The Current Threat Landscape: What’s Needed to Fight and Survive a Cyberattack

A recently released strategy document from the White House called for stronger defenses against hackers working for criminal enterprises and nations such as Iran, North Korea, China, and Russia. In this document, the White House stated that threats targeting cybersecurity pose a risk to the stability of the United States. Countries such as Iran are boosting their offensive cybercapabilities and spreading their cyberterror around the world. Along with Iran, the U.S. has now also tagged other countries which are targeting U.S. infrastructures. In this day and age, regardless of whether it belongs to a governmental agency, corporation, or a private person, networks are constantly bombarded by cybercrooks who are trying to breach it.

For some time now, authorities have been worried that their critical infrastructure will be shut down or severely compromised. Some institutions experience thousands of attempted attacks on a daily basis by hackers, cybercriminals, and rival nations. According to the U.S. Department of Homeland Security, the following critical infrastructure sectors are especially at risk: chemicals, commercial facilities, communications, critical manufacturing, dams, defense industrial base, emergency services, energy, financial services, food and agriculture, government facilities, healthcare and public health, information technology, nuclear reactors, materials and waste, transformation systems, and water and waste systems.

As an example, the latest attack in January 2018 on the control systems of an industrial plant in the Middle East could signal the beginning of a new cybercrime and cyberwarfare wave systematically targeting critical infrastructure. In this documented attack, the attackers made use of Triton or Trisis malware, which exploits vulnerabilities and fail-safe mechanisms of industrial plants. The hackers were able gain access to some of the plant’s stations and safety control network by exploiting vulnerabilities in Schneider Electric’s Triconex Tricon safety system firmware. The hackers deployed a remote access Trojan to target the industrial control systems. The complex malware infection scenario was directed at breaching the plant’s Triconex Tricon safety shutdown system. If the breach had been successful, the hackers would have been able to sabotage the system in countless ways. Since the actual payload was not delivered, the true intent of the attack remains a mystery. However, the hackers went to a lot of trouble, getting in-depth knowledge of both Schneider products and their target industrial plant. They must have invested considerable time and resources in reverse-engineering Schneider code to find the vulnerabilities in the older 10.3 version of the Triconex firmware.

In its “Global Risks Report 2018,” the World Economic Forum pointed out that the use of cyberattacks to target critical infrastructure and strategic industrial sectors is a growing trend. This, of course, raises fears that in a worst-case scenario, attackers could trigger a breakdown in the systems that keep societies functioning. To illustrate, the report mentioned that the WannaCry attack, which disrupted critical and strategic infrastructure across the world, including government ministries, railways, banks, telecommunications providers, energy companies, car manufacturers, and hospitals.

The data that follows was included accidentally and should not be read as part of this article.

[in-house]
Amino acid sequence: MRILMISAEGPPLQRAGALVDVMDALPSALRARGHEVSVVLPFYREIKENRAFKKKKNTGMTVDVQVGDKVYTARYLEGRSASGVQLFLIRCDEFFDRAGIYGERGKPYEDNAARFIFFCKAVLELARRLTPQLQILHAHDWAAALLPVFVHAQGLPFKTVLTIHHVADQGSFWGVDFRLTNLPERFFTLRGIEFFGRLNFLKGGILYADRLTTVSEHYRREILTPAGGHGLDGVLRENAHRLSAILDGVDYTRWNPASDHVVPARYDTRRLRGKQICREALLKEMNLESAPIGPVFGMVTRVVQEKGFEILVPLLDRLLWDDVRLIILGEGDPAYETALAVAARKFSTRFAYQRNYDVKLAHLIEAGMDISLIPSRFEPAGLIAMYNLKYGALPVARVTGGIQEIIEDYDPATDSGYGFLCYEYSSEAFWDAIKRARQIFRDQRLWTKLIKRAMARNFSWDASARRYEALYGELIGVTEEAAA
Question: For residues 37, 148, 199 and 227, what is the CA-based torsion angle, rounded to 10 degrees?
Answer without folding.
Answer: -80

In the case of organizations dealing with critical infrastructure and systems, as well as governmental agencies and operators, there are several solutions that can assist chief information security officers (CISOs) with their IT networks security. They can deploy appropriate security technology and controls that would be aligned with standard requirements to keep information and infrastructure safe. For more than a decade, those methods included vulnerability scans and penetration tests. Later on, targeted simulated attacks performed by red teams manually were added to the security arsenal. Recently, a new method of security testing known as “breach and attack simulation” has been introduced.

Vulnerability scans are performed by an application (proprietary or open source) and check for vulnerabilities that are already known to vendors, integrators, security experts, or that have already been exploited by cyberattackers. The application scans for thousands of different security vulnerabilities in networks or host systems, such as software bugs, missing operating system patches, vulnerable services, insecure default configurations, and web application vulnerabilities. This is used to assist automating the security auditing process of an organization’s IT. Vulnerability scans can automate security auditing and can be a crucial part in the organization’s IT security, scanning networks and websites for thousands of different security risks. The resulting list of vulnerabilities to patch can be used to remediate them.

Manual penetration testing (or pen-testing) is conducted by human testers (in-house or outsourced to a third party) who try to evaluate the security of an organization’s infrastructure by safely exploiting vulnerabilities. Those vulnerabilities can be present in operating systems, services, or applications, as well as faulty configurations or risky end user behavior. In other words, the corporate network, applications, devices, and/or people are attacked to check if a hacker would be able to penetrate the organization. The tests also reveal how deep an attacker could penetrate and how much data could be stolen or exploited.